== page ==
While domestic textile crafts are often represented as kitsch or ‘twee’ in serious fashion contexts, there is an established relationship between the mythic designers and textile crafts-people: “the makers of the cloth and embroidery feel that they have contributed to the couturier’s creation. And his imagination has undoubtedly been influenced by their suggestions” (Bertin in Wilcox 2007, 14). During the Golden Age, the most notable embroidery ateliers were Lesage, Rébé, Vermont and Brossin de Méré (Palmer 2007, 74).


Leasge embroidery on Lanvin dress, 1957


With regard to form, Dior’s flower inspiration parallels my interest in botanical illustrations. However, my floral appropriation differs significantly from his approach. Christian Dior (cited in Miller 2007, 39) reflected: “I designed clothes for flower-like women, with rounded shoulders, full feminine busts, and hand-span waists above enormous spreading skirts”. Such a restrictive, constrained notion of the flower form seems deeply at odds my concept of nature. In terms of fashion kinetics, I feel far greater affinity with Chanel (cited in Miller 2007, 40), who wrote in the 1950s, “elegance in clothes means freedom to move freely”. Nonetheless, Chanel’s minimalist androgynous aesthetic does not resonate with my design sense. Ideally, I would like to produce a collection which presents a new notion of femininity in fashion. Just as I wish to celebrate the inherent femininity of domestic arts – a challenge to feminist art theorists who perpetuate devaluation of detail, delicacy and personalism (Anscombe 1984; Araujo 2010; Buckley 1986; Parker in Callen 1989) – I want to appropriate flowers (which have almost become a feminine cliché) in fresh (excuse the pun), free, organic and altogether more natural forms.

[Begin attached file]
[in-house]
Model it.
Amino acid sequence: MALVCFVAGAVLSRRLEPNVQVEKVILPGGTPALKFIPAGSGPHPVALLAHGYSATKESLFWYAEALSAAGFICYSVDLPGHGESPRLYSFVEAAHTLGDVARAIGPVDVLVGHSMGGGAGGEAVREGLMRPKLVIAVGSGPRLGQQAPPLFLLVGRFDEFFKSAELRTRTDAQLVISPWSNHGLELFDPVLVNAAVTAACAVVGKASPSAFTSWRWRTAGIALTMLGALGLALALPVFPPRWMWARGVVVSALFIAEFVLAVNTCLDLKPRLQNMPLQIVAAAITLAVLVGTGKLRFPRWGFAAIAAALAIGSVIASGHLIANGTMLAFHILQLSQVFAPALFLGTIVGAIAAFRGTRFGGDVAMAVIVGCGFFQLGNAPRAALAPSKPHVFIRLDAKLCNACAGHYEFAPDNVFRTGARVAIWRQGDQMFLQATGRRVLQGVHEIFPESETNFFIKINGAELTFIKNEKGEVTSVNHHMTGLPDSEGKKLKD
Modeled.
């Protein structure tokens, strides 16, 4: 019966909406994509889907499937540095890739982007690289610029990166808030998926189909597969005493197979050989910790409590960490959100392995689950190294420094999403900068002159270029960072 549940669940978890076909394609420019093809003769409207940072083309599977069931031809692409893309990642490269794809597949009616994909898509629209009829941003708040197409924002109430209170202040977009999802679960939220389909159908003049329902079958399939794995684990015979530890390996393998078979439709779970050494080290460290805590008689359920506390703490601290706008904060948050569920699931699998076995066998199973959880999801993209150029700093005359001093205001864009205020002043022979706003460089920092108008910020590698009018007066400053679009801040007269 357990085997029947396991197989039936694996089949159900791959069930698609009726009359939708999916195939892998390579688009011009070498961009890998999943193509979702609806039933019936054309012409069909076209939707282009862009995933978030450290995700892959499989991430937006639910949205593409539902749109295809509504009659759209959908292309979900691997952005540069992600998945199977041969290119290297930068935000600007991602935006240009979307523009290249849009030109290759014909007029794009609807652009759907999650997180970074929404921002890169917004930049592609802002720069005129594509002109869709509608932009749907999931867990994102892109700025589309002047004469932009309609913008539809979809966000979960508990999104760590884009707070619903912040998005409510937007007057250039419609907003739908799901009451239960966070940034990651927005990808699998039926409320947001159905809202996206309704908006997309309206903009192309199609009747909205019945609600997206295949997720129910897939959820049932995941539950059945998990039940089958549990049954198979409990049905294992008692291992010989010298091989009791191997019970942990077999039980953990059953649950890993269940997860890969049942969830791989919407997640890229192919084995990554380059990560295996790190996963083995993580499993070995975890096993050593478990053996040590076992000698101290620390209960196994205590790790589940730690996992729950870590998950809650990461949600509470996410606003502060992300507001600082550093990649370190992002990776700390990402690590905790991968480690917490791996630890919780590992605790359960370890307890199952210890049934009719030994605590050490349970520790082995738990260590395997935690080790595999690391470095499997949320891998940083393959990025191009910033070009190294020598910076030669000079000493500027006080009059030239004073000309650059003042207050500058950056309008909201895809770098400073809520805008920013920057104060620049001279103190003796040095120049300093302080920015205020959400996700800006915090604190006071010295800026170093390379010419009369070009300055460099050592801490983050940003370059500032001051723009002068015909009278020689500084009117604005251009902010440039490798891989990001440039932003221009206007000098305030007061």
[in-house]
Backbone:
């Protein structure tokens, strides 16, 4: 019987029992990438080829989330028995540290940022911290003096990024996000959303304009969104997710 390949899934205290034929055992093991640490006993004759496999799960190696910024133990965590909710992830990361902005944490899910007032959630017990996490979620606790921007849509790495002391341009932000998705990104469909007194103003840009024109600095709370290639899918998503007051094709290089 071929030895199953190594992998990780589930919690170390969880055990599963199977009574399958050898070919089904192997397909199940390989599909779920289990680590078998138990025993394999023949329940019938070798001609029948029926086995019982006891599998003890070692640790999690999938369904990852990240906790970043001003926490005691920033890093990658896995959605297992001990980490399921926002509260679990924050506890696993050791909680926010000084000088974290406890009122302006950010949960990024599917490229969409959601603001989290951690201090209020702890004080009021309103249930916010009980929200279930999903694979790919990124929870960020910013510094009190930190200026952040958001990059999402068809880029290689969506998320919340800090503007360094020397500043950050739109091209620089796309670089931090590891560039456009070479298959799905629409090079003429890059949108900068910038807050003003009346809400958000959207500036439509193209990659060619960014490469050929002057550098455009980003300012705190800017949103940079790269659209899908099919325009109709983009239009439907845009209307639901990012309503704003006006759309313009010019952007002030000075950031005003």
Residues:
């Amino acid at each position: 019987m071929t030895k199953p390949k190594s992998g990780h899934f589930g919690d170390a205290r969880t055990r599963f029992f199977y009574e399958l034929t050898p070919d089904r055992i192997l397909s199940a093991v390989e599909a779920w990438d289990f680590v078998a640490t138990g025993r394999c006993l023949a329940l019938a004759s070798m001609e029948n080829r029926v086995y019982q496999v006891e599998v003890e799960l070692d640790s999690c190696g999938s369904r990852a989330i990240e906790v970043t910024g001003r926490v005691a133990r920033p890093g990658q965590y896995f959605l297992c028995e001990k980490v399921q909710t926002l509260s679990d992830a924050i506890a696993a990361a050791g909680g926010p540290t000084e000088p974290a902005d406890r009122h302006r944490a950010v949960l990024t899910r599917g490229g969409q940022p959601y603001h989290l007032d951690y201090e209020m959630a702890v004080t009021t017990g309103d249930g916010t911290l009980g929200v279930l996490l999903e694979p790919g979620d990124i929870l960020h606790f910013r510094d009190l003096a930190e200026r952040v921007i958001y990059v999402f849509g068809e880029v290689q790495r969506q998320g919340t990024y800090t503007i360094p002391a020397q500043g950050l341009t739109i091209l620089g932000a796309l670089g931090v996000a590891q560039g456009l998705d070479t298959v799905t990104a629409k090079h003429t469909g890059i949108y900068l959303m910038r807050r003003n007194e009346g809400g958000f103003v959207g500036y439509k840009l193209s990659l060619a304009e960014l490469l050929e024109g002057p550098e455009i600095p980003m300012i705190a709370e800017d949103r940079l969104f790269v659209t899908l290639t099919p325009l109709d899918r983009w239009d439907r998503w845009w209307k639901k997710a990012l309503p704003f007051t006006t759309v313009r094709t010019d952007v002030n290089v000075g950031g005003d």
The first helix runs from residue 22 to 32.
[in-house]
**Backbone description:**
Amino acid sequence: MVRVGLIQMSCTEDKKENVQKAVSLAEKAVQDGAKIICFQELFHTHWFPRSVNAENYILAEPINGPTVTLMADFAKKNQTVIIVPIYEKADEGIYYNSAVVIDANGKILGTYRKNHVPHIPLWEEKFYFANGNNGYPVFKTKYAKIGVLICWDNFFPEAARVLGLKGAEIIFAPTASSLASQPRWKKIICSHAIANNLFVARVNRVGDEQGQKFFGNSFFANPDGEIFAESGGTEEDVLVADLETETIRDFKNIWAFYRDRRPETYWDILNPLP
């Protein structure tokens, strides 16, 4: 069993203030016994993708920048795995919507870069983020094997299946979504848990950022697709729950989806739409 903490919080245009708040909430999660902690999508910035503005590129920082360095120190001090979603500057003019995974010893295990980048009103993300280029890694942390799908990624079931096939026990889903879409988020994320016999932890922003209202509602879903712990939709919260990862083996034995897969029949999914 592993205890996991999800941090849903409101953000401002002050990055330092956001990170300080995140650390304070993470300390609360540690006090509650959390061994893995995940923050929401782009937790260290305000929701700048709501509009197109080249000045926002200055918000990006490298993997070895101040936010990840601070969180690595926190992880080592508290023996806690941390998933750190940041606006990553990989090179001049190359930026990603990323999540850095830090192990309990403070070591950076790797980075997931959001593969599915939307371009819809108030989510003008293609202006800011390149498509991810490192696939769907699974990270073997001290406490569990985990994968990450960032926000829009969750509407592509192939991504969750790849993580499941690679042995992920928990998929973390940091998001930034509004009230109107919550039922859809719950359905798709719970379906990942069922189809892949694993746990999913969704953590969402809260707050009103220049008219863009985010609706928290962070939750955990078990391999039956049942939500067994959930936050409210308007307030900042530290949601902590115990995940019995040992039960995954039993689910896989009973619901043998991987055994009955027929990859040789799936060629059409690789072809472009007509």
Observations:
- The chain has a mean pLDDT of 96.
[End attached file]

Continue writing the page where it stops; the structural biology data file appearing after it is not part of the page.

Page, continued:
I find Cristóbal Balenciaga’s innovation in form particularly inspiring. While Dior relied on two highly structured silhouettes, the ‘Corolle’ (corolla) and ‘Fuseau’ (spindle), Balenciaga “had no need for a framework…which he believed straightjacked the woman” (Join-Diéterie 2007, 150). Rennolds Milbank (1985, 319) made me conscious of the reasoning behind my admiration of Balenciaga: his designs neither flow from the body’s form (like Chanel and Vionet) nor “change the shape of a woman’s body; they celebrate the shape without actually mirroring it”. Furthermore, Balenciaga was a designer maker, recognising the relationship between artistic/conceptual design and the physicality of making, which for me are inseparable. Balenciaga made all his own toiles, exhibiting “incredible integrity and self-allegiance, a fidelity to art as much as craft” (Rennolds Milbank 1985, 320).